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Research has shown that people solve problems in a more creative way and turn out work with more creative surprises if they are able to focus their attention on their daily enjoyment and fun that comes from the challenge, and their total immersion in the work.

Research has shown that people solve problems in a more creative way and turn out work with more creative surprises if they are able to focus their attention on their daily enjoyment and fun that comes from the challenge, and their total immersion in the work.

For high levels of creative output, people need to feel they engage in play, rather than work. They need to have a sense that they work for their own satisfaction on a self-discovered problem in which they have considerable choices, especially in how to accomplish goals. For creative thinking to flourish, they need to have high stability of employment to help shift paradigms and take risks.

You may find it difficult to provide these conditions at work. Most people wait for the organization to provide the ideal workplace that never appears. Do not allow your team to wait.

Help them immunize themselves against the spoilers of creative thinking: the distractions, the external reward and punishment systems, evaluation and time pressures, competition with others, high control by others, and restricted choices.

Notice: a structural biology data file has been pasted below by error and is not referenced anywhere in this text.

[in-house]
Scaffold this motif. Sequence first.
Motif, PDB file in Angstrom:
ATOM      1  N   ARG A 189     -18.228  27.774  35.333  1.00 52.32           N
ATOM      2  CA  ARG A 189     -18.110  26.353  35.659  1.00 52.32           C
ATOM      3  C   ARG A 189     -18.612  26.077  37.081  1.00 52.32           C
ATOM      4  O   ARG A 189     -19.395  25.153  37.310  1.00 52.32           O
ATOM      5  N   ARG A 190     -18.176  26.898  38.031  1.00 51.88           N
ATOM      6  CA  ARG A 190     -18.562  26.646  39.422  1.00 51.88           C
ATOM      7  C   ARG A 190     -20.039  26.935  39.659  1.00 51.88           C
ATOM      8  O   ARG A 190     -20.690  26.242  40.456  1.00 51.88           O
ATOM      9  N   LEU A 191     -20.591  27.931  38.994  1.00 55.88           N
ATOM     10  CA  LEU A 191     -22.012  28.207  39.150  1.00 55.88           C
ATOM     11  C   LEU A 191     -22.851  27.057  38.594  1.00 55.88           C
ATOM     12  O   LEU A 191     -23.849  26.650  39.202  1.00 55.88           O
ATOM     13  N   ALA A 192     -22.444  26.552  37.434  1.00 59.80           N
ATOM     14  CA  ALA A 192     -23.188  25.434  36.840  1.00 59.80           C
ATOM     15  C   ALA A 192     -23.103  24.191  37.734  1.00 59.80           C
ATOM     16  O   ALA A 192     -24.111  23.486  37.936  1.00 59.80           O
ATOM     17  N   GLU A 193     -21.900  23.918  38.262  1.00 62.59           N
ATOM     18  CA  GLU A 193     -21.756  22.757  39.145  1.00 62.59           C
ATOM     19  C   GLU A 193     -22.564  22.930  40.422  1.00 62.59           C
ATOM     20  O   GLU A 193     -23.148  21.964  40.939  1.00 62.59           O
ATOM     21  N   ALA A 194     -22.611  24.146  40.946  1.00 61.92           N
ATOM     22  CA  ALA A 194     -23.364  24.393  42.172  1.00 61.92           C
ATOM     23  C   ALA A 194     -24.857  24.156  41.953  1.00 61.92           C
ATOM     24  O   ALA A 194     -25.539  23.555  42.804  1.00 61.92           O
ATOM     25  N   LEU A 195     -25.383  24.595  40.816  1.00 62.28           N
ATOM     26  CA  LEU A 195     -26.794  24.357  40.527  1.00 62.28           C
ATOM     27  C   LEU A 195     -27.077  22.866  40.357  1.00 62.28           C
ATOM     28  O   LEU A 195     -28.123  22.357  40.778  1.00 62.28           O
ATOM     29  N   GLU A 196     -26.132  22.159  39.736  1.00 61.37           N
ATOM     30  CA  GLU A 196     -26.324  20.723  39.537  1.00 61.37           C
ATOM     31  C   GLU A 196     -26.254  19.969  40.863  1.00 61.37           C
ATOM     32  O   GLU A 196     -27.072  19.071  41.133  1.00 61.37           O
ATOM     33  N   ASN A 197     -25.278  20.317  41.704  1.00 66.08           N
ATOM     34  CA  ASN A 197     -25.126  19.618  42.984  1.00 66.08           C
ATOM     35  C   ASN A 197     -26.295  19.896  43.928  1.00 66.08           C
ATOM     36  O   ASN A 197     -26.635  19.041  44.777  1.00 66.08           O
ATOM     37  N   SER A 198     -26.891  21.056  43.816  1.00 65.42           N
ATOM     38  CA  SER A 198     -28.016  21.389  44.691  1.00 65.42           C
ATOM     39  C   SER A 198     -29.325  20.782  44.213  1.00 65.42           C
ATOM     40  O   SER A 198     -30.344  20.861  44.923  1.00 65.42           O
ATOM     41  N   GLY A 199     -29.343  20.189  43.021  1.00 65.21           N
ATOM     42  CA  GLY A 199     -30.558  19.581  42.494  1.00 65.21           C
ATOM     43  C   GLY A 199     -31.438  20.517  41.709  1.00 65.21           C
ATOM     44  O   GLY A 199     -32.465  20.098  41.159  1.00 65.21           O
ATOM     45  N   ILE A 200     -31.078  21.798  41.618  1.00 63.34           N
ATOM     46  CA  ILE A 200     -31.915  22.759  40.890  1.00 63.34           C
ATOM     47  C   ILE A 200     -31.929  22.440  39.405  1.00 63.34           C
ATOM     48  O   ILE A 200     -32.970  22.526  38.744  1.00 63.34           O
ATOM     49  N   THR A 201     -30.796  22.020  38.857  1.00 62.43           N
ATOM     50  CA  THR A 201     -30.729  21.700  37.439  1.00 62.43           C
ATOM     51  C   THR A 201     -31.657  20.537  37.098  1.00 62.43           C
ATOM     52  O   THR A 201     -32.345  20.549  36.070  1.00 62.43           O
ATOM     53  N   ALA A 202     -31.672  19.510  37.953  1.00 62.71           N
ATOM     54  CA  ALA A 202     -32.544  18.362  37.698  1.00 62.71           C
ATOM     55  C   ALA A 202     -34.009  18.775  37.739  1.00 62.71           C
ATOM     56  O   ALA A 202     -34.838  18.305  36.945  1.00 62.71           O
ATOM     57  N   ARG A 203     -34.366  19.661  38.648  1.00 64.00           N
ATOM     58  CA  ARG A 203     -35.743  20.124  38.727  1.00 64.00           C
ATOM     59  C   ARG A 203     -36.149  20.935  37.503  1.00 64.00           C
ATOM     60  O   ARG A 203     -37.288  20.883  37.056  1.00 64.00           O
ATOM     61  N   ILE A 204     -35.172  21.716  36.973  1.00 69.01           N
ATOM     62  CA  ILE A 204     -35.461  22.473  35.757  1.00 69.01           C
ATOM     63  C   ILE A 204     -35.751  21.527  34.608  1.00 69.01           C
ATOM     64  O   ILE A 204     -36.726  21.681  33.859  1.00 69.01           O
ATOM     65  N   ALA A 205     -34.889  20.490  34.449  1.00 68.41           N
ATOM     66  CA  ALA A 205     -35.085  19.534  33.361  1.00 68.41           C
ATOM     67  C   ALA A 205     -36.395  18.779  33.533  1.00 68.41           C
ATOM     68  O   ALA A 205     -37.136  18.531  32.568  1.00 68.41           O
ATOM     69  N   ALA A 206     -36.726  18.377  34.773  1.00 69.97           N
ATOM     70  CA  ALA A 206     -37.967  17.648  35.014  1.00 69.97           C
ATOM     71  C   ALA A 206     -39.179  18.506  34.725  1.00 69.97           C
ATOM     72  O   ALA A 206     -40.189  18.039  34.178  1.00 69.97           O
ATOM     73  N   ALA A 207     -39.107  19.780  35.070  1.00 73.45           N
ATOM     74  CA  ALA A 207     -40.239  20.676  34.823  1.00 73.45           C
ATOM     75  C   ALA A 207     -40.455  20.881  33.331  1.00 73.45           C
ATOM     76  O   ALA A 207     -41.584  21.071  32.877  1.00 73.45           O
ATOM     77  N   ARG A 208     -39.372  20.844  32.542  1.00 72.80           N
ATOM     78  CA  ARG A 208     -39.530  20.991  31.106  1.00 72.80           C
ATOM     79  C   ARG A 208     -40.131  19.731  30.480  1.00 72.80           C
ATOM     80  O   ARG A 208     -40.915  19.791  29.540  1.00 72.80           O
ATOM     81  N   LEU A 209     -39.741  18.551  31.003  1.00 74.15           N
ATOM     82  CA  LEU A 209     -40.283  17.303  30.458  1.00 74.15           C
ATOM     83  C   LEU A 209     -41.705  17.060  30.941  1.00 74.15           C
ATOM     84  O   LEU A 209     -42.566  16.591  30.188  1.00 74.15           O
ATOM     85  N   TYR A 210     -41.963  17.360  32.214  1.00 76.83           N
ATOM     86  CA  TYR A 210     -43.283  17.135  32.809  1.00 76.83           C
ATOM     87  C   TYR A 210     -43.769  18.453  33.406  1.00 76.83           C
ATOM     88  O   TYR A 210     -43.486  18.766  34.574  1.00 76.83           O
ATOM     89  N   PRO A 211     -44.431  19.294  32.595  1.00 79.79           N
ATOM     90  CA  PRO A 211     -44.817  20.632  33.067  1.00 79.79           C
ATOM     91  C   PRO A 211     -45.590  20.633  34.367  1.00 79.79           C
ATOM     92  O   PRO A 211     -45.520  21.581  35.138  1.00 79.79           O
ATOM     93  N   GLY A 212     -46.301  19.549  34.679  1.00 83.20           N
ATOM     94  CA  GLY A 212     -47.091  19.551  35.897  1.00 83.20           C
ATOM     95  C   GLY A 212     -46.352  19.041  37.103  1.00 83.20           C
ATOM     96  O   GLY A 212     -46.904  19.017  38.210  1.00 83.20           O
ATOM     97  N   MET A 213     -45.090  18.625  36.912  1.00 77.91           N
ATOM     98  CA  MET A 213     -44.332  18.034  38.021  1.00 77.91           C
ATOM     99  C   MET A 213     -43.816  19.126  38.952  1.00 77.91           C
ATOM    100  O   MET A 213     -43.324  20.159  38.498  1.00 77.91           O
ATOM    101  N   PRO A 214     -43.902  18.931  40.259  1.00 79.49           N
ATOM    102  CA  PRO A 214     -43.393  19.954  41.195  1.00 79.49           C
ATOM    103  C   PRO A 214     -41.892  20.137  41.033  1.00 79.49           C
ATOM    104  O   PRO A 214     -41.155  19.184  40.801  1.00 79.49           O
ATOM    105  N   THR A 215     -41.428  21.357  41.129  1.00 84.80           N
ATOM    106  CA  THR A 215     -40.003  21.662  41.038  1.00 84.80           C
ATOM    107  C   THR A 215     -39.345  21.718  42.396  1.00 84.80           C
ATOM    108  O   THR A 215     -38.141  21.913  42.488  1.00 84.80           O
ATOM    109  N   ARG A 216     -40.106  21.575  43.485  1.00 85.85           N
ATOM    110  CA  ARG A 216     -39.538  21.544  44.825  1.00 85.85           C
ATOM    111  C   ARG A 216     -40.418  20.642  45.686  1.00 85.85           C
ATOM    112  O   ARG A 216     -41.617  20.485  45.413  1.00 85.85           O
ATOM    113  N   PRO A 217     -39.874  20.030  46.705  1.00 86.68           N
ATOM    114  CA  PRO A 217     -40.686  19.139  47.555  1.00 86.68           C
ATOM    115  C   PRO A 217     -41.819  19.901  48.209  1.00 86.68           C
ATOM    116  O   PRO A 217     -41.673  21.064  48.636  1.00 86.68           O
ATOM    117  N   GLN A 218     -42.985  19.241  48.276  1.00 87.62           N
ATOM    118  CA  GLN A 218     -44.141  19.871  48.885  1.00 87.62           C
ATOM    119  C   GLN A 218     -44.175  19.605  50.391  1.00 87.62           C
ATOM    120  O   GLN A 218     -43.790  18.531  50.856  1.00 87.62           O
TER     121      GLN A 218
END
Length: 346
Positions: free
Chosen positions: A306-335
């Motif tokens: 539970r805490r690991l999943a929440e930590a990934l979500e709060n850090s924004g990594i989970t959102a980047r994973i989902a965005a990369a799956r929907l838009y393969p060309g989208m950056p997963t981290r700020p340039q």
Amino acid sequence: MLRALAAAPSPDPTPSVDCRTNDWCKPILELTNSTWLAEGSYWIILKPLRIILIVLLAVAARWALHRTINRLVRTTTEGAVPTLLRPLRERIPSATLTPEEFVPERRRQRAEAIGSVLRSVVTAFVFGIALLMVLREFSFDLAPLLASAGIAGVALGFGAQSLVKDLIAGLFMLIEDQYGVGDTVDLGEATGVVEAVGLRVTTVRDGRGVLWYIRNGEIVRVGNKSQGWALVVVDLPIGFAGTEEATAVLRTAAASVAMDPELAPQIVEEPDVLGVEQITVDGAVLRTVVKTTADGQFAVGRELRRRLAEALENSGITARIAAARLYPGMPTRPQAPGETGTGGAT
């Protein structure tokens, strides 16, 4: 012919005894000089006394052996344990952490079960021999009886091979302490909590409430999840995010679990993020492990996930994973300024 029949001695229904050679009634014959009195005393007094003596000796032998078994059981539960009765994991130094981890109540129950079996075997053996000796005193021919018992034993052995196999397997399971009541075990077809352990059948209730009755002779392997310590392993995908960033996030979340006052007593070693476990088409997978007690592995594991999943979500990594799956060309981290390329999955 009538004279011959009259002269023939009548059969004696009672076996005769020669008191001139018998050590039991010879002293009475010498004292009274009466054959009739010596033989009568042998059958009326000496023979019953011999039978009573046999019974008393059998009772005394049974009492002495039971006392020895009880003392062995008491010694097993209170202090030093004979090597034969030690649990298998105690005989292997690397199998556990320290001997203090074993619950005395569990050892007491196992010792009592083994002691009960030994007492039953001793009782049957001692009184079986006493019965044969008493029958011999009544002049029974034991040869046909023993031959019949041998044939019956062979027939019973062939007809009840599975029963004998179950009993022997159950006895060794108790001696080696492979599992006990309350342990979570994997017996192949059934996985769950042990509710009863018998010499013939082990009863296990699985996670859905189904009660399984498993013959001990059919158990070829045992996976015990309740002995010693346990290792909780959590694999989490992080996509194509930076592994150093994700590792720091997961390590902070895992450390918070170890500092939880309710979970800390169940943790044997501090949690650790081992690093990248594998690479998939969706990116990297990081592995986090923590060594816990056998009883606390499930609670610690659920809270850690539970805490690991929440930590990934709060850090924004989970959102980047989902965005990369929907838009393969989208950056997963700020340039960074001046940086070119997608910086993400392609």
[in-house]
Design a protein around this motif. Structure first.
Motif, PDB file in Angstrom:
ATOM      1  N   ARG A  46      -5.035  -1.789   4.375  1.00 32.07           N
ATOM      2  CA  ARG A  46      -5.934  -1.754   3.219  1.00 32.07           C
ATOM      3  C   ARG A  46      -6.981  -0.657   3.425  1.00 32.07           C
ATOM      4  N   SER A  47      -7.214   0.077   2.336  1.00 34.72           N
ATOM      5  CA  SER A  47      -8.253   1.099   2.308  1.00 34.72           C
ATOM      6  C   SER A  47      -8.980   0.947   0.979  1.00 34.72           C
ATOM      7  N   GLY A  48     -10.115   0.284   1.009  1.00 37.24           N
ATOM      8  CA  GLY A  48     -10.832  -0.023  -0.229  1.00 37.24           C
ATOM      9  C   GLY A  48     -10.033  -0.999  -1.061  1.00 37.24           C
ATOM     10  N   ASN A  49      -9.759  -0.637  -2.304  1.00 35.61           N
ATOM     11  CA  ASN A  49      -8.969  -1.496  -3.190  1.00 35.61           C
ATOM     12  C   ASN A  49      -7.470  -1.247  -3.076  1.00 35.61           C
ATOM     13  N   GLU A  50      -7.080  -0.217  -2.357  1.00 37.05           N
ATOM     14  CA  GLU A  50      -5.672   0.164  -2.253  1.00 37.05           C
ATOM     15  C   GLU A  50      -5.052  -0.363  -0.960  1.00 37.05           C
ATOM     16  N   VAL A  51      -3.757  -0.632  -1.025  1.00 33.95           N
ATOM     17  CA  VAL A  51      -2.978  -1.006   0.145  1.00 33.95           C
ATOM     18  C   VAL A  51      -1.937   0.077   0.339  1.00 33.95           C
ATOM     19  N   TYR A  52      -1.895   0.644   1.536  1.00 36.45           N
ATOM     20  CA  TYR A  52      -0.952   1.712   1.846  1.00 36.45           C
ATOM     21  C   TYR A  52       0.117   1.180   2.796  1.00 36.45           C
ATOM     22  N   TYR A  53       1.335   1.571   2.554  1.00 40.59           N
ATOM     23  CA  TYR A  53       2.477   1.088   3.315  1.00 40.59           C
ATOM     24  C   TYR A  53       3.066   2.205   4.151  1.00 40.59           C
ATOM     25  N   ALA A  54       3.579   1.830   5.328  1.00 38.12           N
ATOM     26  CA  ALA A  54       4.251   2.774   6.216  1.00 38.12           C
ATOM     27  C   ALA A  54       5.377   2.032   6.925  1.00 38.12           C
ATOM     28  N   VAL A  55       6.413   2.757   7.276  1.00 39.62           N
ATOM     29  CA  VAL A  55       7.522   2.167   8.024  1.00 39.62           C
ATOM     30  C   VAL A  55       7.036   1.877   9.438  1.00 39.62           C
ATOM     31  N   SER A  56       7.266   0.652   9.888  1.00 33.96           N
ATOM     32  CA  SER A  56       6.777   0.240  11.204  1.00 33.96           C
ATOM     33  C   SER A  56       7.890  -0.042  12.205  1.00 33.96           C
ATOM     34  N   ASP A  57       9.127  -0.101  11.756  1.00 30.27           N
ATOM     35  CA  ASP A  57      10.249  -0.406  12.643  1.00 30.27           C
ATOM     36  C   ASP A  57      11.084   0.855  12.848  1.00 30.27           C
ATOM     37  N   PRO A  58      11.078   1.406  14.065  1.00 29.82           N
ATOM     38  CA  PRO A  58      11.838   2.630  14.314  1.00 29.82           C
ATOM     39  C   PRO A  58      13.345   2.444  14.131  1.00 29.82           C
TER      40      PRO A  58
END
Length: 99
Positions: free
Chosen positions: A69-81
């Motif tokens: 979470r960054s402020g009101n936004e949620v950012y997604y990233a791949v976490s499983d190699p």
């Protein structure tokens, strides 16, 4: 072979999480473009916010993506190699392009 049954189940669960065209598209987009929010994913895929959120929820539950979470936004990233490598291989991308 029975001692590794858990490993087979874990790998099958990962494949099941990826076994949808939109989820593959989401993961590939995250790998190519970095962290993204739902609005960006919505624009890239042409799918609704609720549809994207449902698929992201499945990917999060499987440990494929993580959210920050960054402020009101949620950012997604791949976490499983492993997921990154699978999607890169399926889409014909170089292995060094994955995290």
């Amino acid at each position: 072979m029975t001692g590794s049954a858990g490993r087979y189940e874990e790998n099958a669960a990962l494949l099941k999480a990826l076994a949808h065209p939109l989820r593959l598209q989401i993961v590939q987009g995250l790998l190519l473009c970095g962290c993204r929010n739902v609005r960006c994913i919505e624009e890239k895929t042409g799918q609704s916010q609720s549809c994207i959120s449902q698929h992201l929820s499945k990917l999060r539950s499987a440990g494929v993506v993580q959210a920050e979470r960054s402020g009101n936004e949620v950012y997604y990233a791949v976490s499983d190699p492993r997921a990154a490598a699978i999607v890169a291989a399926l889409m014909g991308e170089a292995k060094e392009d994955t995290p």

Keep their focus on their daily enjoyment, the challenge, and their sense of competence about the work. Nurture the creative flame within them by focusing their attention on their inner motivators now.

They all need rewards: salary raises, bonuses, promotions, other awards and honors. They have to achieve your goals, meet deadlines, get positive performance evaluations, and obtain approval of others. Indeed, they do work for your satisfaction.

Yet, these outside motivators spoil daily creative output by overwhelming inner motivation: the daily enjoyment of creative effort. Help their creative thinking by focusing attention on inner motivators. Immunize now. Allow them to become as self directed as the work allows, and watch their creative output soar.

External rewards tend to:

  • Decrease the activity without the reward
  • Decrease enjoyment and undermine performance
  • Shift attention away from inner motivators and the activity
  • Imply work rather than play
  • Lower risk-taking and the complexity of a chosen activity
  • Decrease interest in previously interesting activities
  • Spoil creative enterprise

Inner (intrinsic) awards tend to:

  • Increase the likelihood people will perform the activity later
  • Enhance performance
  • Direct attention toward the activity itself
  • Imply play rather than work
  • Increase realistic risk-taking and complexity of a chosen task
  • Increase interest
  • Help creative enterprise

What have you experienced in your team setting? Please share your thoughts in the comments area below.

Edward Glassman, Ph.D. is a Professor Emeritus (retired) in the Department of Biochemistry of the Medical School of the University of the University of North Carolina in Chapel Hill.

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